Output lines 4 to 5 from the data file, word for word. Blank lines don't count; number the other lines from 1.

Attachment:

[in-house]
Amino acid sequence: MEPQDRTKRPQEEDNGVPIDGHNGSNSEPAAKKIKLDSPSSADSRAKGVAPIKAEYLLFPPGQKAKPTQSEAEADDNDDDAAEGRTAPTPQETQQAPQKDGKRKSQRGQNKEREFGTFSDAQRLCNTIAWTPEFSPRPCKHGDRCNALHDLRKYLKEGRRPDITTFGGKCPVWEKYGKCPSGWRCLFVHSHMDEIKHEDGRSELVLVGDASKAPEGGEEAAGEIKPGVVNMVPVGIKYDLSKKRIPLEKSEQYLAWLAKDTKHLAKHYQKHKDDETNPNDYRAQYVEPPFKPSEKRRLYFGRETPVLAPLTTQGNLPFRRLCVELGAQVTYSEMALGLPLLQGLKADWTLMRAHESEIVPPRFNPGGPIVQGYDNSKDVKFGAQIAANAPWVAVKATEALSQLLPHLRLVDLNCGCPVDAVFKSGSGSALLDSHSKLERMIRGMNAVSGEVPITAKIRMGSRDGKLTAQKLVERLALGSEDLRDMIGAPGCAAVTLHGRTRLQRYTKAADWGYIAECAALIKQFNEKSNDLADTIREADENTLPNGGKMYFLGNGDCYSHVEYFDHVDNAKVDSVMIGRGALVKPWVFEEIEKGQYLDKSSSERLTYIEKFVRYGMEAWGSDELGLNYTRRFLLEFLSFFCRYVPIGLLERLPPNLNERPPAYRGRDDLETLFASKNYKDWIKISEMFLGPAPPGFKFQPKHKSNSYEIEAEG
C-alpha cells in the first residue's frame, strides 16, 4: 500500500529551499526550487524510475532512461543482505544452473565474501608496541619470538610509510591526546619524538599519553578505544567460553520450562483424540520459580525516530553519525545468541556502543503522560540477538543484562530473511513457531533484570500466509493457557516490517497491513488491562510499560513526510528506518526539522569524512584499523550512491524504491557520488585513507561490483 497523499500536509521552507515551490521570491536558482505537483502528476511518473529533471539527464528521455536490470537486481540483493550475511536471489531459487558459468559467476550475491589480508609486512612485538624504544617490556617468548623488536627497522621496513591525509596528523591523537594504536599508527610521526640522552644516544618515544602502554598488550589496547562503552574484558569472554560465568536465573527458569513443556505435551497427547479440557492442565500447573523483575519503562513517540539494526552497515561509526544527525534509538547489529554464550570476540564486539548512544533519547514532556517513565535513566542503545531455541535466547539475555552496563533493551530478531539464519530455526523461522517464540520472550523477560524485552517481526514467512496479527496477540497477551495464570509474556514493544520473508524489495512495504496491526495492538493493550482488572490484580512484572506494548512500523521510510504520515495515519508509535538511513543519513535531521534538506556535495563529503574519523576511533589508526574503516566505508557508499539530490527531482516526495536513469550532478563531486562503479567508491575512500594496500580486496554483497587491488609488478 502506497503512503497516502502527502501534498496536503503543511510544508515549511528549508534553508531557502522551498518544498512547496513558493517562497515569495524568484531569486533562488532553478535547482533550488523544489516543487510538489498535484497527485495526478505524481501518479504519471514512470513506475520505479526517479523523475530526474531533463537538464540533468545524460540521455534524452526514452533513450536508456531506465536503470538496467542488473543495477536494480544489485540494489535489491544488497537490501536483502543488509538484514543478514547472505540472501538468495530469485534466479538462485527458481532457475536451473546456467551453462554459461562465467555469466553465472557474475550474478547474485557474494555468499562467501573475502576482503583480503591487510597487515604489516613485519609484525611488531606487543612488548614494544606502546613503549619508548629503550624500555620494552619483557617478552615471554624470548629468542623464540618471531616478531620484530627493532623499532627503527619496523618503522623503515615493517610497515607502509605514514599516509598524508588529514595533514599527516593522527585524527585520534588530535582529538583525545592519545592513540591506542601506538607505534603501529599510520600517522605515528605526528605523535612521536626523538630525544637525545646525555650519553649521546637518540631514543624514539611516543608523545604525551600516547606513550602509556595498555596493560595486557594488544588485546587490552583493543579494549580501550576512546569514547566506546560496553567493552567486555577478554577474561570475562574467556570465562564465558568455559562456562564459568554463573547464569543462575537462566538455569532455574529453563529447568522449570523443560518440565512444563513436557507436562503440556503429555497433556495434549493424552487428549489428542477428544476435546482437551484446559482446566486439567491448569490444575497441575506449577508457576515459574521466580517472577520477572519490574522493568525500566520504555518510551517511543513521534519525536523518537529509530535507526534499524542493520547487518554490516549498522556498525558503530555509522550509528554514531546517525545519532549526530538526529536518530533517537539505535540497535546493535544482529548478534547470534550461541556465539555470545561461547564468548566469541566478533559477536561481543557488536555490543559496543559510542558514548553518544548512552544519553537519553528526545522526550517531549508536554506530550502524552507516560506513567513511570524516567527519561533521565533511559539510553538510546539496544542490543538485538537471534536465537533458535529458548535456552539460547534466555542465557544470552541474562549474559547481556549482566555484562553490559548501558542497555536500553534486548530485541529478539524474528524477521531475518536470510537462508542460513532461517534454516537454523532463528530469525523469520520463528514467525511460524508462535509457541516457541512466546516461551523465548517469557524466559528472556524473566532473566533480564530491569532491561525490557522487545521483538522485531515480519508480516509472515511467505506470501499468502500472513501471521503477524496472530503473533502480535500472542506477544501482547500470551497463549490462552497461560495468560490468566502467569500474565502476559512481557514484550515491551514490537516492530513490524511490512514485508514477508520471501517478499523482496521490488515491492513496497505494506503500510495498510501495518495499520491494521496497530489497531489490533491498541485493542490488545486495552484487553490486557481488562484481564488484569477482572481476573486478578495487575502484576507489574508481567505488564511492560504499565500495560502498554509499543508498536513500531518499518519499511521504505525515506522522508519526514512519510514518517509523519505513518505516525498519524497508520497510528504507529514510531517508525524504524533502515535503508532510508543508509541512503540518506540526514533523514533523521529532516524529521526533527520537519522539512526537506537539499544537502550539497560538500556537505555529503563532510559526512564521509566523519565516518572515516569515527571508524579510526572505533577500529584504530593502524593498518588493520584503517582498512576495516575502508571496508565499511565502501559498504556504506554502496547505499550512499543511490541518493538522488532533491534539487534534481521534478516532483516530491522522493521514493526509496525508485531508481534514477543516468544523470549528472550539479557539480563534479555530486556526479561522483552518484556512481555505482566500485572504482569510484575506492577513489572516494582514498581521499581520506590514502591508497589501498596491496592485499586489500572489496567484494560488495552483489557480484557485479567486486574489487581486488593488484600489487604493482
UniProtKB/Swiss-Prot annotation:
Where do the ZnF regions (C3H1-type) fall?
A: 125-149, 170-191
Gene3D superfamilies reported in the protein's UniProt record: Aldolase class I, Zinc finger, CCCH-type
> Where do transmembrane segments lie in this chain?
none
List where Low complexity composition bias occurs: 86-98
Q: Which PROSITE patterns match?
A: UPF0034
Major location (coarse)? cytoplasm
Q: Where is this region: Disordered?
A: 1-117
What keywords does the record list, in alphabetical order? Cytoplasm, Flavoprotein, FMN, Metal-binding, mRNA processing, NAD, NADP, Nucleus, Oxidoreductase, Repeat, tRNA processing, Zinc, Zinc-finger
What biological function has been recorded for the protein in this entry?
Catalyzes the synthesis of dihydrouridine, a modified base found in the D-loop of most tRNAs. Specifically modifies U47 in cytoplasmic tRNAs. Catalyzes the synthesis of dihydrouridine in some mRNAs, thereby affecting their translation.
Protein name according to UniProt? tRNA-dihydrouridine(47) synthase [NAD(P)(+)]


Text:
UniProtKB/Swiss-Prot annotation:
Where do the ZnF regions (C3H1-type) fall?